Making Curriculum Pop

In NYC we have a bazillion more B&N than Borders so we shop there more often, but I think Border's is a much better book store - and now with a better graphic novel section, yeah!

Borders Aims to Capitalize on Teens With New Shops
Growth Categories Including Graphic Novels, Fantasy and Young-Adult Titles to Be Grouped With Merchandise


Borders Group Inc. is launching a teens department to capitalize on such hot writers as Stephenie Meyer and Sarah Dessen, as young-adult authors provide a badly needed lift to booksellers.

The Borders Ink shops, which will stock graphic novels, fantasy and young-adult titles together, are expected to be available in 80% to 90% of the 513 superstores Borders operates nationwide by the end of August. Some have already opened in Michigan.

The space for the departments has often been carved from areas that previously sold music and DVDs, whose popularity has faded with bookstore shoppers.

Borders also plans to stock merchandise it thinks teens will snap up, including a variety of goods associated with Ms. Meyer, the writer of the vampire "Twilight" series, such as bookmarks and pencil cases.

"We want this to be about more than just the book," said Kathryn Popoff, vice president of merchandising/trade books at Borders, based in Ann Arbor, Mich.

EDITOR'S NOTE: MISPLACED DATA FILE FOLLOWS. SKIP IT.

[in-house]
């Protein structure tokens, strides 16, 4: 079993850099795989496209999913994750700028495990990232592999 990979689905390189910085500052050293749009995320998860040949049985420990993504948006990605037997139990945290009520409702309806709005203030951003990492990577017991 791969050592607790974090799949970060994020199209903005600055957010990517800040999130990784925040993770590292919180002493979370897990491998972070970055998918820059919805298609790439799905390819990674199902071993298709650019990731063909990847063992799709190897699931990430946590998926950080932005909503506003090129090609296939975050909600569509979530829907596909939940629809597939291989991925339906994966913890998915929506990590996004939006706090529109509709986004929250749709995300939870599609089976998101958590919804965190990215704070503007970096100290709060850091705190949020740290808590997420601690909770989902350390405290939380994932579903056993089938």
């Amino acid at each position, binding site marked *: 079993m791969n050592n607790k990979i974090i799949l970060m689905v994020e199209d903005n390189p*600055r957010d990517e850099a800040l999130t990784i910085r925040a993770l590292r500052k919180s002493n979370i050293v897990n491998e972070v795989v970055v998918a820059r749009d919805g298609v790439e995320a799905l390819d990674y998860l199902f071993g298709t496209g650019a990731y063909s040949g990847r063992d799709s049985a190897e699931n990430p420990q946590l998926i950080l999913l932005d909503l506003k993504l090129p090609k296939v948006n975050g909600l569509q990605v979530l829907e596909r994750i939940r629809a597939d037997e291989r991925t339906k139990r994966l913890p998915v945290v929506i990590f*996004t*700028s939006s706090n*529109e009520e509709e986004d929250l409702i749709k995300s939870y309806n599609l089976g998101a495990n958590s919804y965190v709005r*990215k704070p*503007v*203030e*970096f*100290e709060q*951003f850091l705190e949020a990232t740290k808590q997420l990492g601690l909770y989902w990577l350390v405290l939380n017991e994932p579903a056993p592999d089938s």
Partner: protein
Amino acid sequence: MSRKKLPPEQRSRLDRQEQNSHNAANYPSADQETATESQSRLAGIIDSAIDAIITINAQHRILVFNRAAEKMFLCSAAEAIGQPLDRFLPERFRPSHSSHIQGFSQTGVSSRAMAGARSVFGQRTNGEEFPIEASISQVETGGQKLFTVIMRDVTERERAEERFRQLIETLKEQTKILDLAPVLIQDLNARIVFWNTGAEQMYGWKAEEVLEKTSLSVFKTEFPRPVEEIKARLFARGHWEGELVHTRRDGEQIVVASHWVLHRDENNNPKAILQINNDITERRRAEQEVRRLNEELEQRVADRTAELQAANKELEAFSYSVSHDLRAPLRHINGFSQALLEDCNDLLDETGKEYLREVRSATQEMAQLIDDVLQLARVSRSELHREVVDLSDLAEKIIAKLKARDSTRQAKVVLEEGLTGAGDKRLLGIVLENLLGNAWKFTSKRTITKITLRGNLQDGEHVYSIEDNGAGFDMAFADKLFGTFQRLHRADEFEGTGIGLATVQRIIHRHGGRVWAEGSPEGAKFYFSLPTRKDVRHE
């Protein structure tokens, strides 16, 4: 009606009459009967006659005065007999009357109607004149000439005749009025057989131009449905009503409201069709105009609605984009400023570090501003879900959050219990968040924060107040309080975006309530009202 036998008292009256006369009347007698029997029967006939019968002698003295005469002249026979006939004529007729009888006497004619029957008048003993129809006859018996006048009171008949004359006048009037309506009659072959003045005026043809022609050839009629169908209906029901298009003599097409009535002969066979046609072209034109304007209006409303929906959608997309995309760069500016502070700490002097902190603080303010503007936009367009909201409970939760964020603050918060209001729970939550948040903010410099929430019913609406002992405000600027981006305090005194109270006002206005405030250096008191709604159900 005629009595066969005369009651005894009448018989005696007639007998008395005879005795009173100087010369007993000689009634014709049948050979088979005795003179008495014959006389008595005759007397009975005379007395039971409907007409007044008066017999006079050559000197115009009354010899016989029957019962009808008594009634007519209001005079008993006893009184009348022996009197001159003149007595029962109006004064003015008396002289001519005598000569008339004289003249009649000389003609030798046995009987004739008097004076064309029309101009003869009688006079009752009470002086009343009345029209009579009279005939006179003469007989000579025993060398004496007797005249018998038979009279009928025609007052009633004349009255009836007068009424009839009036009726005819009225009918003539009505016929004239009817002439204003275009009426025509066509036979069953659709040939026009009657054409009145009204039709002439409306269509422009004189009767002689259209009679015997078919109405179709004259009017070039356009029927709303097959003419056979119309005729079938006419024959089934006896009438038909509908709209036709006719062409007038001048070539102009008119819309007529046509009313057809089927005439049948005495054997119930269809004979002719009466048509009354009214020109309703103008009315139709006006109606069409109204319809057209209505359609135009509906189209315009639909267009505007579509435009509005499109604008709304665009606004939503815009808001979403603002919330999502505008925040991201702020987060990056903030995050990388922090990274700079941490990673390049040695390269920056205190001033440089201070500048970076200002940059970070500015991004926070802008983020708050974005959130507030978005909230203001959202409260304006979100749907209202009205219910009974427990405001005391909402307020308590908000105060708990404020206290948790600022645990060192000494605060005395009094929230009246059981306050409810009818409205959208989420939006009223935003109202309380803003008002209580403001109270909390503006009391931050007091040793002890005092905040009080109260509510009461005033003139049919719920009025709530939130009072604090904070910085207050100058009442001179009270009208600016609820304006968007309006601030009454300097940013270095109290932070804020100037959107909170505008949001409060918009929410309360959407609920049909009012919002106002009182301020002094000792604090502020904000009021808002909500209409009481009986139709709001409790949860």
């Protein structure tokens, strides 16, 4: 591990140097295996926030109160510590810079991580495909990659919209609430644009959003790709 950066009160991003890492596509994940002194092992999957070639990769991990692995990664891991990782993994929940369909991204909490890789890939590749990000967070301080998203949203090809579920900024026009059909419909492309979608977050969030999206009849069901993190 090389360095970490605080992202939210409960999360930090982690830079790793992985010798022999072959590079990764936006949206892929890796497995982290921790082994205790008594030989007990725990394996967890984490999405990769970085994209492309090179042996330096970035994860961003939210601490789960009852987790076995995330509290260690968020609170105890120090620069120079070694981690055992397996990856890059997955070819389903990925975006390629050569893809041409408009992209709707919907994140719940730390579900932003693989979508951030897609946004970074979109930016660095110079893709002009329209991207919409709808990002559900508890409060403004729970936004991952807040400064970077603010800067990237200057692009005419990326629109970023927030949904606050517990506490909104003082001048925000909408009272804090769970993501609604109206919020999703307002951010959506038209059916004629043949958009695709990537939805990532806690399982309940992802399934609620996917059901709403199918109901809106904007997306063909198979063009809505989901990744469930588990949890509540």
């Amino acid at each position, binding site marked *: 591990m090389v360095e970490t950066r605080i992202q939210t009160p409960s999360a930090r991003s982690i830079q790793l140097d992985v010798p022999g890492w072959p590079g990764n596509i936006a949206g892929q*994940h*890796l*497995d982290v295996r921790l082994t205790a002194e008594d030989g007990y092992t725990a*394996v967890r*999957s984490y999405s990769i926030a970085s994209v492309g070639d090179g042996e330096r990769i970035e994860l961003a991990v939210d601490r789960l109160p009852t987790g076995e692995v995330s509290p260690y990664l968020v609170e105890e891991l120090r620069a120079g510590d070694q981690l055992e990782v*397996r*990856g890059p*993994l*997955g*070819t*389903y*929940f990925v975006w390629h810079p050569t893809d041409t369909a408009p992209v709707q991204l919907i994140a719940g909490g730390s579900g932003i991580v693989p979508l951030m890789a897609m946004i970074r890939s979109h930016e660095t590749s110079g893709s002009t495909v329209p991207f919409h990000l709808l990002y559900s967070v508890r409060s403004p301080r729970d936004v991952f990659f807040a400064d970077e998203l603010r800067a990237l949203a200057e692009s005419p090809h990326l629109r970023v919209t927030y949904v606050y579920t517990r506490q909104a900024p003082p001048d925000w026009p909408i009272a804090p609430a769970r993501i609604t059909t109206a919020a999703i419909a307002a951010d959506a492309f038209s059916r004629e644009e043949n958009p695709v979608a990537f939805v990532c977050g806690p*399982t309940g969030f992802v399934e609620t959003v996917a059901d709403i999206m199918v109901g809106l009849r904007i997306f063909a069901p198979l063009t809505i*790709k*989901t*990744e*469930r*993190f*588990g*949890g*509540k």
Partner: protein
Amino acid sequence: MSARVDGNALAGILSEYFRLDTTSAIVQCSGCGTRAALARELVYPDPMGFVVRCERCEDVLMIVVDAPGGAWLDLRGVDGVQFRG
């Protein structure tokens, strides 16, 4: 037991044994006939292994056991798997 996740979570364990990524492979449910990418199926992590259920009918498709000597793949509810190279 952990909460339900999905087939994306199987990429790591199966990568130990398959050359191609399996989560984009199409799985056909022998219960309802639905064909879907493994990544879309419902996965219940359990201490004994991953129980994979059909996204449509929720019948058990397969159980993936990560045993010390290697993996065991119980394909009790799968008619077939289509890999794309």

Borders, the nation's second largest bookstore chain by revenue, has also planted its teen flag on Facebook, where it has created a Borders Ink page in hopes of becoming a "source for info on all things teen lit and graphic novels." One of the lead items posted on Monday featured the Scott Pilgrim series of graphic novels created by Canadian cartoonist Bryan Lee O'Malley.

The retailer declined to say how much it is spending on its teen initiative.

At a time when book retailing is slumping, young-adult titles and graphic novels are still delivering growth. Albert N. Greco, a professor at the Fordham University's Graduate School of Business Administration who studies the book industry, estimates that young-adult fiction, fantasy and science fiction will generate $744.3 million in U.S. publisher revenue this year, up 13% from $659.1 million in 2008.

That compares with U.S. publisher revenue of an estimated $9.73 billion for consumer books as a whole, a 4.7% decline from 2008's sales, according to Mr. Greco.

A spokeswoman for Barnes & Noble Inc., New York, the largest U.S. bookstore retailer, said it has long offered separate teen areas.

At one Barnes & Noble store in midtown Manhattan, teen titles are in the lower level, while graphic novels, which Barnes & Noble merchandises as a separate category, are on the second floor.

The teen category is now so attractive that Harlequin, the romance publisher, recently launched a new Harlequin Teen imprint, aimed at readers aged 12- to 18-years-old. Natashya Wilson, senior editor of Harlequin Teen, part of Toronto, Canada, based Torstar Corp., plans to publish three teen titles in 2009 and 17 in 2010, with the first, "My Soul to Take" by Rachel Vincent, coming out next month.

Write to Jeffrey A. Trachtenberg at

Orig. article can be found here

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